Here, a major difference to advertorials can be observed: the goal of an advertorial is to first and foremost put a brand or a product at the foreground and so stimulate a purchase incentive. For native ads, on the other hand, the use should primarily benefit the consumer.
Second Step: Placing the content on the right website
The next step is make sure that content is displayed on the proper platform. Depending on which technology a company uses, this step is usually carried out automatically. There are many different providers that make use of native ad servers in order to place their customers’ content on all relevant channels. These providers preside over special advertising networks intended for native marketing purposes, and convey relevant editorial websites to advertisers. Servers take on the automated display and scaling of the respective entries. Responsive design ensures for seamless adaption to mobile devices.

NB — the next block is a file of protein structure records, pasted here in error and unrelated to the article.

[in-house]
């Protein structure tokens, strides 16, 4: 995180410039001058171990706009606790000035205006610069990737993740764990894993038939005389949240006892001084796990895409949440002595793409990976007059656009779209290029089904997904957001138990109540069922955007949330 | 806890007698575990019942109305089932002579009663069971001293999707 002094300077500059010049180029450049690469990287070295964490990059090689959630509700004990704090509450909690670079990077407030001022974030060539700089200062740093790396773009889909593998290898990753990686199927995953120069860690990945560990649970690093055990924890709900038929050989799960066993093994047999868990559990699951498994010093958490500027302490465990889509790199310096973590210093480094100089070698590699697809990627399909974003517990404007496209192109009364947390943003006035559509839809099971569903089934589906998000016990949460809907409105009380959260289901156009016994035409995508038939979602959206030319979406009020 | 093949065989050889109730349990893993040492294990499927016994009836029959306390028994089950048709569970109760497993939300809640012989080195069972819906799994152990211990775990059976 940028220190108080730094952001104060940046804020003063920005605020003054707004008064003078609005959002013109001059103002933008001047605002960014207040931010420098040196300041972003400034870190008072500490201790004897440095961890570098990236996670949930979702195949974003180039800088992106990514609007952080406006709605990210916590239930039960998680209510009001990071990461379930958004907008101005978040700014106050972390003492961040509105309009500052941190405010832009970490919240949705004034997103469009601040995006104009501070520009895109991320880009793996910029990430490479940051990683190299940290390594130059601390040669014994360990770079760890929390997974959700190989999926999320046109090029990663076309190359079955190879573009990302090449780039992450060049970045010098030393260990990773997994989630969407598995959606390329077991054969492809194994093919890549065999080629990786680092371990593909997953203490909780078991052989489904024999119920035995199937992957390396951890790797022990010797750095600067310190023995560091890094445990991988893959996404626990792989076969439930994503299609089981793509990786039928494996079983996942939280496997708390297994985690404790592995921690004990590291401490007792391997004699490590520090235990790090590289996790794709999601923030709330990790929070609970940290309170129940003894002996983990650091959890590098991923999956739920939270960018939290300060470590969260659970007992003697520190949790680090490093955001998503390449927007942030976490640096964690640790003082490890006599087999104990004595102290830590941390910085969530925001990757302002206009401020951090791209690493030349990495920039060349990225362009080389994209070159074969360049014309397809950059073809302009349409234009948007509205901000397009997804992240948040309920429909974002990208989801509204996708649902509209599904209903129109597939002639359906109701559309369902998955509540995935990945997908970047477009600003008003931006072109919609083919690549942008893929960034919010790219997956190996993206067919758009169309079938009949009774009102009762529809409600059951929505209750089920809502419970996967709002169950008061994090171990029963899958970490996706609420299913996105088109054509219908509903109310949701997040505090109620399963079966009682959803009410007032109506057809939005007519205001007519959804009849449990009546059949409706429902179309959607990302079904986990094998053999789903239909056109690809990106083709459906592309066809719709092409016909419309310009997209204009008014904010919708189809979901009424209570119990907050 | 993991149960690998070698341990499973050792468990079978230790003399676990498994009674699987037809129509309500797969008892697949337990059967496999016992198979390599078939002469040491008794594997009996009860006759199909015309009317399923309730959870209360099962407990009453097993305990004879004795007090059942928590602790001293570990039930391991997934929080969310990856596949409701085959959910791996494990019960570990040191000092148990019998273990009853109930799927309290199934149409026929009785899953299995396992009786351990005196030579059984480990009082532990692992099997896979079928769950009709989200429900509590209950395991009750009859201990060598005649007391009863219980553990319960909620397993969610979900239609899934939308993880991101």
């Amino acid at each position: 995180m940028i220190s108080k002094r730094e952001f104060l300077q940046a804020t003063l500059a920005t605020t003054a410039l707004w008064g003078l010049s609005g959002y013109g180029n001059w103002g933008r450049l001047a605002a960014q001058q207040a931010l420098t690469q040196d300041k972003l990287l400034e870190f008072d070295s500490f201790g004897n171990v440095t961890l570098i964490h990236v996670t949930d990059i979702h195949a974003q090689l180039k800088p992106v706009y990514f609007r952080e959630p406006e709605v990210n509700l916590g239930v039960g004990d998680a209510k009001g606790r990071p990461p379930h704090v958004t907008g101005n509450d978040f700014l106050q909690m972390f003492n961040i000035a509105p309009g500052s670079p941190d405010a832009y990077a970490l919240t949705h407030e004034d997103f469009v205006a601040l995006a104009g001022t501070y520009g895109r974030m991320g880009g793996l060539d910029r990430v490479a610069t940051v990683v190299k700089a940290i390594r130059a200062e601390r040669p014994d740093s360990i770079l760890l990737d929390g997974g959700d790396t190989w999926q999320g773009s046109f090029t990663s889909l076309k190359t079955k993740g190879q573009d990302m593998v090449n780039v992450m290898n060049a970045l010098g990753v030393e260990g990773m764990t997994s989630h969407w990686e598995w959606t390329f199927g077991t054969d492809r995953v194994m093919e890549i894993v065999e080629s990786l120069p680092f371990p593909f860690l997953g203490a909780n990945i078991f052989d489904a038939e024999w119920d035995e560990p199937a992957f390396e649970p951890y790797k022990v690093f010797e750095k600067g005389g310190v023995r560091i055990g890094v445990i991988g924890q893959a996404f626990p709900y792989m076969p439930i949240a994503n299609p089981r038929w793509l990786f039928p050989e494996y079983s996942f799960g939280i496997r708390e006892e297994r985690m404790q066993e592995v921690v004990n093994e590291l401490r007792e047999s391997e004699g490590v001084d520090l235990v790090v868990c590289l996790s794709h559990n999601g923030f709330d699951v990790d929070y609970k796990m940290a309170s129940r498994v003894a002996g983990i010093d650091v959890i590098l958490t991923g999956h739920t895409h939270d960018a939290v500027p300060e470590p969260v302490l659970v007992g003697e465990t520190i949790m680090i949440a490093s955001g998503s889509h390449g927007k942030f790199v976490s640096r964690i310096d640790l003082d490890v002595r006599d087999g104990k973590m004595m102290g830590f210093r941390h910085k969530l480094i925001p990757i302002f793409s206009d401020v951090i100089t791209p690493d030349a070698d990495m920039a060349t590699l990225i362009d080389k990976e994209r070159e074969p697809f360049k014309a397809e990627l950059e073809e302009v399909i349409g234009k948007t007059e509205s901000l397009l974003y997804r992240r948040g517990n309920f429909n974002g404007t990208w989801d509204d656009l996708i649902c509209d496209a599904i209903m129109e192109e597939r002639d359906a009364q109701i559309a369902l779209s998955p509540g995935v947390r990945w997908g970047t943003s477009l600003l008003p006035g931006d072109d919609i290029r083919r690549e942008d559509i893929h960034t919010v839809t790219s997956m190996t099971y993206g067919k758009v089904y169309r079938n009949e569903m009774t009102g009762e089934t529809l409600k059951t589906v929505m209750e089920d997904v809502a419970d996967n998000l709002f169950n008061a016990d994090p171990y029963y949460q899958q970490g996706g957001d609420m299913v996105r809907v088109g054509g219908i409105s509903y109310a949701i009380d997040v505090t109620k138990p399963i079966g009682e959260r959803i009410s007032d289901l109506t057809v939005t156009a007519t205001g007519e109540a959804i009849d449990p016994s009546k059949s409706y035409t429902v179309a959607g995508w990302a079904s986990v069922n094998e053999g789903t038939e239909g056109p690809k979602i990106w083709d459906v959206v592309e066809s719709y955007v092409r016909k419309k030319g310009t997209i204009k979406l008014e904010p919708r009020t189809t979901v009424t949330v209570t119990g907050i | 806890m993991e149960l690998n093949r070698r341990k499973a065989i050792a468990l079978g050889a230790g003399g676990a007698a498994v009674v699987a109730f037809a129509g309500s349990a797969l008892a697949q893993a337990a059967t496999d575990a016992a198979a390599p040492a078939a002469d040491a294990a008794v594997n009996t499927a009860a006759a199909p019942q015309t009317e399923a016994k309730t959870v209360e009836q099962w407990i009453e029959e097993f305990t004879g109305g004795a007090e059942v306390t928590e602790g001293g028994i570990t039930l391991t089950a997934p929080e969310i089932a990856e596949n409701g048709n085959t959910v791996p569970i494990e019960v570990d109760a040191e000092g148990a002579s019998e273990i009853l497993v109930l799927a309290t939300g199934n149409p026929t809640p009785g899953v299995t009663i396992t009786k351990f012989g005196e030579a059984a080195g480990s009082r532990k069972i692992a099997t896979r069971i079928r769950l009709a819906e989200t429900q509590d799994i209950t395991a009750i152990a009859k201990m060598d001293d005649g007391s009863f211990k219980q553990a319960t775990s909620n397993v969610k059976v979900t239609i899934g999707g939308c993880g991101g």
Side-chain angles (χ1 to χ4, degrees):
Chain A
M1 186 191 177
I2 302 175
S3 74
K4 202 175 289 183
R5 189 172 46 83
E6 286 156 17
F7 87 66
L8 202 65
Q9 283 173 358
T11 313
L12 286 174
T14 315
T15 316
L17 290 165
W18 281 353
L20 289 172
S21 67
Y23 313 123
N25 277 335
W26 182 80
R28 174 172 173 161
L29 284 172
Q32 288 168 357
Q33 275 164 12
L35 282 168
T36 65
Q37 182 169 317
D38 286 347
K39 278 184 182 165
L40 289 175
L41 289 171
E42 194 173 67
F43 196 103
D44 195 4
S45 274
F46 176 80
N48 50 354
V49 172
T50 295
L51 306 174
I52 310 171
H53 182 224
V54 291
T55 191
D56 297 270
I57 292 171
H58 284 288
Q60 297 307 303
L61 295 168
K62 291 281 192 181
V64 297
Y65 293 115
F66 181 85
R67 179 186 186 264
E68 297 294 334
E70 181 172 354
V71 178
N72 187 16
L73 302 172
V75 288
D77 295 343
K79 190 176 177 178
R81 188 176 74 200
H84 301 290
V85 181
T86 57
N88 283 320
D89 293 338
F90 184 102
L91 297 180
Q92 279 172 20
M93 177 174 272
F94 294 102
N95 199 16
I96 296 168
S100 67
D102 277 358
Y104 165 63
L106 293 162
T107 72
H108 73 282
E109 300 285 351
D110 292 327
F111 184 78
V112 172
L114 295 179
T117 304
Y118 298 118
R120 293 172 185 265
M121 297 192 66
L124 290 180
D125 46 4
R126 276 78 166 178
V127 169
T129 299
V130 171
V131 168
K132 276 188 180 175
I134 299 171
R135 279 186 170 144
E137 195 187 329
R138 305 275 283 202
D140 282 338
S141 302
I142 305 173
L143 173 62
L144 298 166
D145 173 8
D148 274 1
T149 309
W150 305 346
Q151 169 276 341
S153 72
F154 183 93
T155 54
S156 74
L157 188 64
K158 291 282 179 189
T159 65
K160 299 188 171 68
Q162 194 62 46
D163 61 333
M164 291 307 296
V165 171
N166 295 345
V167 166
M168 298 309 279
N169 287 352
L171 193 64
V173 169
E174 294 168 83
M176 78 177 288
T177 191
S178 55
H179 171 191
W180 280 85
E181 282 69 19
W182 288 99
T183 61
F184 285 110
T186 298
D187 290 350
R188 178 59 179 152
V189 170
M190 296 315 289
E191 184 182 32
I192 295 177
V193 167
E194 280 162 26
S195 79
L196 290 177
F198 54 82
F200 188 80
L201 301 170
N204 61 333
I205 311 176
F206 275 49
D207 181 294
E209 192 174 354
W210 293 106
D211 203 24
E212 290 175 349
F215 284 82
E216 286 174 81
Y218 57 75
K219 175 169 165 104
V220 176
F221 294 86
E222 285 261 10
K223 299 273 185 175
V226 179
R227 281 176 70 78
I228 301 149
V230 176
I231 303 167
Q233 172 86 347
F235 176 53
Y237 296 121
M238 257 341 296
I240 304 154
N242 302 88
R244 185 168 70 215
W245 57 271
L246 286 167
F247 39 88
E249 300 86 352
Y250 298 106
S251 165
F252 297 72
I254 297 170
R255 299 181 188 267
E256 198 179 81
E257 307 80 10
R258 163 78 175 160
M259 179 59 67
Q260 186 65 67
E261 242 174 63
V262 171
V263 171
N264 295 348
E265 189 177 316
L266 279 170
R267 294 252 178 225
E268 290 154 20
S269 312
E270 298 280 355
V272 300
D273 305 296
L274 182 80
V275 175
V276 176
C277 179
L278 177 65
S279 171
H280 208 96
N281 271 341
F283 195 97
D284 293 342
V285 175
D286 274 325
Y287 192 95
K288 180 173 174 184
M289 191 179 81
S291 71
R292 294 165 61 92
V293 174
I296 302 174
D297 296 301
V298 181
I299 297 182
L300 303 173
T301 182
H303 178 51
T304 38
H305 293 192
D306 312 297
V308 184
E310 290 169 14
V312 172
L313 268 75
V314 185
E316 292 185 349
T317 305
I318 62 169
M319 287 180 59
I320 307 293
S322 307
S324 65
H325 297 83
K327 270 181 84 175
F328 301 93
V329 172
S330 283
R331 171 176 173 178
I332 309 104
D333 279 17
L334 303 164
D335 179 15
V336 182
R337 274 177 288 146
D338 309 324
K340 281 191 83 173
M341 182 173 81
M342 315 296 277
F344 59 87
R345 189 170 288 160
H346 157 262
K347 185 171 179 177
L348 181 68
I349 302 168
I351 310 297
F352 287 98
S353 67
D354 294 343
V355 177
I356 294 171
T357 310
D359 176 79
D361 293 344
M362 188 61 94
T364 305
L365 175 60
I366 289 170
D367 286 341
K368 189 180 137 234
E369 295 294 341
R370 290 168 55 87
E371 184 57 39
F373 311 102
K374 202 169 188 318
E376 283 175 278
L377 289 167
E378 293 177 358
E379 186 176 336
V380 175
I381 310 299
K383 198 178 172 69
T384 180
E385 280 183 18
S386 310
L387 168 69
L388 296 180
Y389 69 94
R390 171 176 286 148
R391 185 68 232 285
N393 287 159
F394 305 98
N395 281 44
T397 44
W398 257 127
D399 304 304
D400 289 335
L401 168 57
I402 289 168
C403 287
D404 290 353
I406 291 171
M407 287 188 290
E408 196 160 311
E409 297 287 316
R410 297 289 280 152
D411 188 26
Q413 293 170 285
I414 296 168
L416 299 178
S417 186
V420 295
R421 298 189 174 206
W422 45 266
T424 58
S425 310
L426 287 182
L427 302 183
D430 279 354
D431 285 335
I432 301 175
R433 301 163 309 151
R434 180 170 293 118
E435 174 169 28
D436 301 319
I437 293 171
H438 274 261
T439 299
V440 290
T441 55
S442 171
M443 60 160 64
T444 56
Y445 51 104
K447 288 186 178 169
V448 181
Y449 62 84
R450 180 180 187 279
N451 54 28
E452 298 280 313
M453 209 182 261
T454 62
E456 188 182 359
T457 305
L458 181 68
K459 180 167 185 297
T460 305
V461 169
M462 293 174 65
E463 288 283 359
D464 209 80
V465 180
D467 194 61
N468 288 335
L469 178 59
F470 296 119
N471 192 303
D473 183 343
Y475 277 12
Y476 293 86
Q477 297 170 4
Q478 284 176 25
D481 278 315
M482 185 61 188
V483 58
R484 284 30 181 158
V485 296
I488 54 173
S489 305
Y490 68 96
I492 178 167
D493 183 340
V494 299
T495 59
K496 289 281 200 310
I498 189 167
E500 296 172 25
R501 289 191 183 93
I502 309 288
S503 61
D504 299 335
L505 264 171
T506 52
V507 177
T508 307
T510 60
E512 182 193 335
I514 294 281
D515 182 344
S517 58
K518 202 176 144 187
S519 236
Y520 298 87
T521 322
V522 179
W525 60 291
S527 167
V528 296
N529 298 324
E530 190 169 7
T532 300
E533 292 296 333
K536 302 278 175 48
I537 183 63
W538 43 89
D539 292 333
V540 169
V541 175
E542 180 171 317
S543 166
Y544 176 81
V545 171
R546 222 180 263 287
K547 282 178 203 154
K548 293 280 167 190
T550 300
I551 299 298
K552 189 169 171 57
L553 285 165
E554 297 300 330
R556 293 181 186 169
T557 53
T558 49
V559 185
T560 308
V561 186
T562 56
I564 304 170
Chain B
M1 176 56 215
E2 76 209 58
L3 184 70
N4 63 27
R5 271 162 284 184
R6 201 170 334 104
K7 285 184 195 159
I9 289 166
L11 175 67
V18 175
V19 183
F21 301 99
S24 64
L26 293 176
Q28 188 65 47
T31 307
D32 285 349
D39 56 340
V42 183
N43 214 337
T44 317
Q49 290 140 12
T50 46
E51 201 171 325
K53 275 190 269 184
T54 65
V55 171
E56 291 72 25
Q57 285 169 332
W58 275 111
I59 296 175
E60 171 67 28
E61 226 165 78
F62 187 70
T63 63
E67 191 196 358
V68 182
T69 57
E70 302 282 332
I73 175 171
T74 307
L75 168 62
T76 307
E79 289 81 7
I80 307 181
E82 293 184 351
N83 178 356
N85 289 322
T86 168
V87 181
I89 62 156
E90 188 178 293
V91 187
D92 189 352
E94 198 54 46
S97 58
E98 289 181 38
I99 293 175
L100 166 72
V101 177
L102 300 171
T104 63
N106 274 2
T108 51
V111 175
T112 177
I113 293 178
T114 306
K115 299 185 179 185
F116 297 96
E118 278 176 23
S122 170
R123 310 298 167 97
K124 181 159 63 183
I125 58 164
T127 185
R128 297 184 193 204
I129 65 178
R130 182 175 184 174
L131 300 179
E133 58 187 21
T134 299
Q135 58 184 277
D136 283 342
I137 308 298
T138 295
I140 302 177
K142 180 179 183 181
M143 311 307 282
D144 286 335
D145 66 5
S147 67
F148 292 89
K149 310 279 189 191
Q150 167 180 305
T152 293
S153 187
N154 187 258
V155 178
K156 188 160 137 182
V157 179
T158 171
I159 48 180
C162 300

Many systems go so far as to automatically match their native titles and teasers to the target website of their audiences. Together with the right design, native ads are able to blend in and match their surroundings, adopting the look and feel of the partner website. This approach doesn’t disturb the flow of the reader, making them less likely to develop a kneejerk reaction against the commercial message. This latter point presents one major advantage of native advertising: given the similarity of the advertising content to the editorial content, there’s less of a reason to have to fight for the reader’s interest.
Third Step: Optimizing campaigns